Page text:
17. 17.

    French S, Rosenberg M, Knuiman M. The clustering of health behaviours in a Western Australian adult population. Health Promot J Aust. 2008;19(3):203–9.

    Google Scholar 

  18. 18.

    Helmerhorst HJF, Wijndaele K, Brage S, Wareham NJ, Ekelund U. Objectively measured sedentary time may predict insulin resistance independent of moderate- and vigorous-intensity physical activity. Diabetes. 2009;58(8):1776–9.

    CAS  Article  PubMed  PubMed Central  Google Scholar 

  19. 19.

    Cappuccio FP, D’Elia L, Strazzullo P, Miller MA. Sleep duration and all-cause mortality: a systematic review and meta-analysis of prospective studies. Sleep. 2010;33(5):585–92.

    PubMed  PubMed Central  Google Scholar 

  20. 20.

    Brown CM, Dulloo AG, Montani JP. Sugary drinks in the pathogenesis of obesity and cardiovascular diseases. Int J Obes. 2008;32(S6):S28–34. doi:10.1038/ijo.2008.204.

    CAS  Article  Google Scholar 

  21. 21.

    Atkin A, Adams E, Bull F, Biddle S. Non-occupational sitting and mental well-being in employed adults. Ann Behav Med. 2012;43(2):181–8. doi:10.1007/s12160-011-9320-y.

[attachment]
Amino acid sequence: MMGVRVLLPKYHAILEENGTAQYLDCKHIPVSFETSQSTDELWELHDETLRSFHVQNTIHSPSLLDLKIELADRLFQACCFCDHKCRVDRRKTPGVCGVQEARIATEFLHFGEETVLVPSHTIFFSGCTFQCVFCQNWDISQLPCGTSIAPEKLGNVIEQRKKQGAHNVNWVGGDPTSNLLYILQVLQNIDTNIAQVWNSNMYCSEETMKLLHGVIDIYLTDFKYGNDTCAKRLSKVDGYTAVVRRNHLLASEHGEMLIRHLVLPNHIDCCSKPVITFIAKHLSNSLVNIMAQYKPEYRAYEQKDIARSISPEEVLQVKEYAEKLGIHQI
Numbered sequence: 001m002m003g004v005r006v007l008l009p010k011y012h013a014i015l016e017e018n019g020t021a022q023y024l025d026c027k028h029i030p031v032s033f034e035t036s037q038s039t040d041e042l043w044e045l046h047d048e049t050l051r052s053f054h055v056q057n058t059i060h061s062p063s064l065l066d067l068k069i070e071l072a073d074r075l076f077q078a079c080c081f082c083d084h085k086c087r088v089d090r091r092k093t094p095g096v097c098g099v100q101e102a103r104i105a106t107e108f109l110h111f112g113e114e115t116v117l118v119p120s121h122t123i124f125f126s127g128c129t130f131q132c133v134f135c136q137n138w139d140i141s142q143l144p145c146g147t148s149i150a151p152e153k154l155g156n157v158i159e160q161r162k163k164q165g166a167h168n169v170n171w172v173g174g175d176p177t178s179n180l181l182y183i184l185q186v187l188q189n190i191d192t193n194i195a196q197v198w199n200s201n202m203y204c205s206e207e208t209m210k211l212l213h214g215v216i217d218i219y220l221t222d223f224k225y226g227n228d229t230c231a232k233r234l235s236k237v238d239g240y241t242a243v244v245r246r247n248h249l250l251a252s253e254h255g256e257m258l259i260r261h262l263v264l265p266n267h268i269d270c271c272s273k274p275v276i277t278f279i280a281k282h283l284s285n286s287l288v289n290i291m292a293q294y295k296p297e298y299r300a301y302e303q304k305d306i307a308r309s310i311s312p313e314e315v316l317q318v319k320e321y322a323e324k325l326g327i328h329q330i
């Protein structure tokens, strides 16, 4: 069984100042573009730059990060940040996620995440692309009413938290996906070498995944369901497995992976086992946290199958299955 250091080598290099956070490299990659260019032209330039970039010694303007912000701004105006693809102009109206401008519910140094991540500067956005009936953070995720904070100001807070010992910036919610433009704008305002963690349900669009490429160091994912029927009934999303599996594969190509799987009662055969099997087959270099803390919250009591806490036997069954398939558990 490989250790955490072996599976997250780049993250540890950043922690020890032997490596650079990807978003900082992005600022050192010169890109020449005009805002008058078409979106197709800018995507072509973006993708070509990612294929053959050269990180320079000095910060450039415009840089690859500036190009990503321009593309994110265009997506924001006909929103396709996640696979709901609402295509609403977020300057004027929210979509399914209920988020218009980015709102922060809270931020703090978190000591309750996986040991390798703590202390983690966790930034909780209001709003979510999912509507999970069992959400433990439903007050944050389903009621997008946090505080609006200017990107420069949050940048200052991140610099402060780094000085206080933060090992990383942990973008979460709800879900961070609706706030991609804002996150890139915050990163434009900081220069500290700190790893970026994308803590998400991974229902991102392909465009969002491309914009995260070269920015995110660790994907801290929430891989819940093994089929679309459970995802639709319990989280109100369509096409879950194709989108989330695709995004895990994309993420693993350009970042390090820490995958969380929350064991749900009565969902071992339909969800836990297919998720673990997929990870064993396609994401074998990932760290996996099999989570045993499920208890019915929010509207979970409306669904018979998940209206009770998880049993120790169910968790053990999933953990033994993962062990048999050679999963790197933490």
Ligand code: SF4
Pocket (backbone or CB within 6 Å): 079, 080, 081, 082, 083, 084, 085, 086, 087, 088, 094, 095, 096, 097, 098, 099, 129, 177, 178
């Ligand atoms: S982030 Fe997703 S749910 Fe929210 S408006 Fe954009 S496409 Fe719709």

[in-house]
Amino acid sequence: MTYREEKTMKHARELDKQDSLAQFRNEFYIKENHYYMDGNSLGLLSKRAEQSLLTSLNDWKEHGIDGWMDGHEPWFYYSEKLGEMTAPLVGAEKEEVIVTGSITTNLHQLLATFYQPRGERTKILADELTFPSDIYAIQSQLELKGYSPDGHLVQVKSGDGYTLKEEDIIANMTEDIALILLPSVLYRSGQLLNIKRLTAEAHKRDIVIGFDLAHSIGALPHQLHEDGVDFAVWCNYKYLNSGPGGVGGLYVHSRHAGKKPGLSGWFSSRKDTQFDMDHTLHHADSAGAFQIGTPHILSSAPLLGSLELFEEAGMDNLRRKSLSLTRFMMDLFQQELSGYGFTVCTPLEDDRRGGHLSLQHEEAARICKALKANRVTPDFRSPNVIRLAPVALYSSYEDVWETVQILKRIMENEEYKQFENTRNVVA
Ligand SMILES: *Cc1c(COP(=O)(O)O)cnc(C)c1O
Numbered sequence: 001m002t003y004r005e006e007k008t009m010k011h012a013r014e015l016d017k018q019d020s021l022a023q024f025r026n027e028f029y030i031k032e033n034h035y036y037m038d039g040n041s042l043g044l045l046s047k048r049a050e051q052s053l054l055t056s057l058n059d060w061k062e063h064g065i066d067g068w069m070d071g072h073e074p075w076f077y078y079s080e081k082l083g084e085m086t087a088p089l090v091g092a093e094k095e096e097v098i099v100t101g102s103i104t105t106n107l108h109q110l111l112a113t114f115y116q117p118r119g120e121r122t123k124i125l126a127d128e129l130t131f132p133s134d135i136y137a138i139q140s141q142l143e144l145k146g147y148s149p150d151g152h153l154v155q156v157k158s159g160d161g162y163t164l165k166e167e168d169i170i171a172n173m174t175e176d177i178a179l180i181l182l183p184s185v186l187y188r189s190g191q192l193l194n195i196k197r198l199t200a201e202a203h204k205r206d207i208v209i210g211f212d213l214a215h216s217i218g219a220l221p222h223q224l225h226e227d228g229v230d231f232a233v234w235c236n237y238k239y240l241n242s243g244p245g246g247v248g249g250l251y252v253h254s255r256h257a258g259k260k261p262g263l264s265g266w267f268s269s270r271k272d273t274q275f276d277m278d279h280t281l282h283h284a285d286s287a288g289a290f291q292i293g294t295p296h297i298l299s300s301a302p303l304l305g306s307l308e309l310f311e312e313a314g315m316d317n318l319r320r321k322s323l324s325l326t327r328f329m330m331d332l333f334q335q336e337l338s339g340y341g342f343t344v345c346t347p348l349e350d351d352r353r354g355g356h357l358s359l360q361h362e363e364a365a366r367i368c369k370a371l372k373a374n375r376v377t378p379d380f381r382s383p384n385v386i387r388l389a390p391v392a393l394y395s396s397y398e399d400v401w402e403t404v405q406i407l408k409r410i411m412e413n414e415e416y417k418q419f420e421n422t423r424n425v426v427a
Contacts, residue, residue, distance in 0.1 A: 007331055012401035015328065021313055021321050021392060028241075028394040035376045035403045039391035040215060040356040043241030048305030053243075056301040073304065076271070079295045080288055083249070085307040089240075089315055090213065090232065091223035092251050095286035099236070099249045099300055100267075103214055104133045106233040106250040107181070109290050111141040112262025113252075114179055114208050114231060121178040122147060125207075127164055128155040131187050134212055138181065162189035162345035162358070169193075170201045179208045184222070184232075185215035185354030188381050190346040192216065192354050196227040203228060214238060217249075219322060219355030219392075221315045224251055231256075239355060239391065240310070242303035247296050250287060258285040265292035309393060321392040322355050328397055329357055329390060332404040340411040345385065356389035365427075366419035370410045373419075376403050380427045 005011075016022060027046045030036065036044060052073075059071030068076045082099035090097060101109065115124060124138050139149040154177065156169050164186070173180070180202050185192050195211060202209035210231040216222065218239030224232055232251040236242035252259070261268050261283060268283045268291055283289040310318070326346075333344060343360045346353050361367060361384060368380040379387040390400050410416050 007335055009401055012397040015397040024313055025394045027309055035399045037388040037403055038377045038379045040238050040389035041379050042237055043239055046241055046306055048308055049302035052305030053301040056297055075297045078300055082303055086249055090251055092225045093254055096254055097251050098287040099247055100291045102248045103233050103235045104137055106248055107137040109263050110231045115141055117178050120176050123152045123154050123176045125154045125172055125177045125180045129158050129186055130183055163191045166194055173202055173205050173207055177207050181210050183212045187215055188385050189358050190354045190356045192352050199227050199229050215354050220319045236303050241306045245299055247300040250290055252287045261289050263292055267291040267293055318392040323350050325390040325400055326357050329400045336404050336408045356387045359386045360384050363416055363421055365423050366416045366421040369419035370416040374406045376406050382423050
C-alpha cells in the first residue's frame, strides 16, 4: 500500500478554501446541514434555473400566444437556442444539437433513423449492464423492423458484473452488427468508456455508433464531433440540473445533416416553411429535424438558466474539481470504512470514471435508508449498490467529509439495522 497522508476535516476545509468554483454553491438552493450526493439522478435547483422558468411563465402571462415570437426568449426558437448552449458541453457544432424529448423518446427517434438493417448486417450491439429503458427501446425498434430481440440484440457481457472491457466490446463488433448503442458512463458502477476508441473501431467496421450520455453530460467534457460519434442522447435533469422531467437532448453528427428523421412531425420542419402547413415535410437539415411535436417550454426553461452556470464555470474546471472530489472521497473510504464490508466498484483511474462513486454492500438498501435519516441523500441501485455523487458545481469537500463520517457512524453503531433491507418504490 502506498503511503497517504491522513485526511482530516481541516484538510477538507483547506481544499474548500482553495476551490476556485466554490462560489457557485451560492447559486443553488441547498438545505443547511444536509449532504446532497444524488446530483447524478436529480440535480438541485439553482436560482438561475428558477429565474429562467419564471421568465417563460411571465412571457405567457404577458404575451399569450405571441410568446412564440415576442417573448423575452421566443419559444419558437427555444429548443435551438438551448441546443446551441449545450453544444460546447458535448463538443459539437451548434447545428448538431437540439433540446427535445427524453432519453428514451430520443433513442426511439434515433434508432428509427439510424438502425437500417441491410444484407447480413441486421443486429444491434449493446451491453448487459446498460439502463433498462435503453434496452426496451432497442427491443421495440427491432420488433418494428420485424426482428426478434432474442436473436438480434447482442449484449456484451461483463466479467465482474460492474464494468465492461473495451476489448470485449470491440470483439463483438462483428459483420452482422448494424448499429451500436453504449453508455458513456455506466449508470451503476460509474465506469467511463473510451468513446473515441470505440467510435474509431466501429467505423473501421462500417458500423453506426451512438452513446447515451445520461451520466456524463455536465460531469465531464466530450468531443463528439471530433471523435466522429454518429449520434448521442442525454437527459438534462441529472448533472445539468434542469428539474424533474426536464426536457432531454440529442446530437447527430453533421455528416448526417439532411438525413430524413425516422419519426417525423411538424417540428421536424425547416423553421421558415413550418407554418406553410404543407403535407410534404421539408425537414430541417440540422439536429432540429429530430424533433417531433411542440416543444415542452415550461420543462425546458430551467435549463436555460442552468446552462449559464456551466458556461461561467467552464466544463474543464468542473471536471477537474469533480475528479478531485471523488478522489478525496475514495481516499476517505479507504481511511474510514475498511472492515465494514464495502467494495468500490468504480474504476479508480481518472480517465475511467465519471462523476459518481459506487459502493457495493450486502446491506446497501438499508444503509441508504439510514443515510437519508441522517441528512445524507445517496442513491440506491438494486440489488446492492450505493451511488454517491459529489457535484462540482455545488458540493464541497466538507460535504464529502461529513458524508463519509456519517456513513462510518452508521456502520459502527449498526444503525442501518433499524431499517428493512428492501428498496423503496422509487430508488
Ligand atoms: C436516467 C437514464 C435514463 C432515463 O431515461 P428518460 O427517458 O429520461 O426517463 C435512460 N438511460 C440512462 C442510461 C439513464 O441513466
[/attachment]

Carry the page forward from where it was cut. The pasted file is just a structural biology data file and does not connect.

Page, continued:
Article  PubMed  Google Scholar 

  22. 22.

    Jarden A, Mackay L, White K, et al. The sovereign New Zealand wellbeing index. Psychol Aotearoa. 2013;5(1):22–7.

    Google Scholar 

  23. 23.

    European Social Survey. ESS Round 3 source questionnaire. London: Centre for Comparative Social Surveys, City University London; 2006.

    Google Scholar 

  24. 24.

    Kutner NG, Bliwise DL, Zhang R. Linking race and well-being within a biopsychosocial framework: variation in subjective sleep quality in two racially diverse older adult samples. J Health Soc Behav. 2004;45(1):99–113.

    Article  PubMed  Google Scholar 

  25. 25.

    Burgard SA, Ailshire JA. Putting work to bed: stressful experiences on the job and sleep quality. J Health Soc Behav. 2009;50(4):476–92.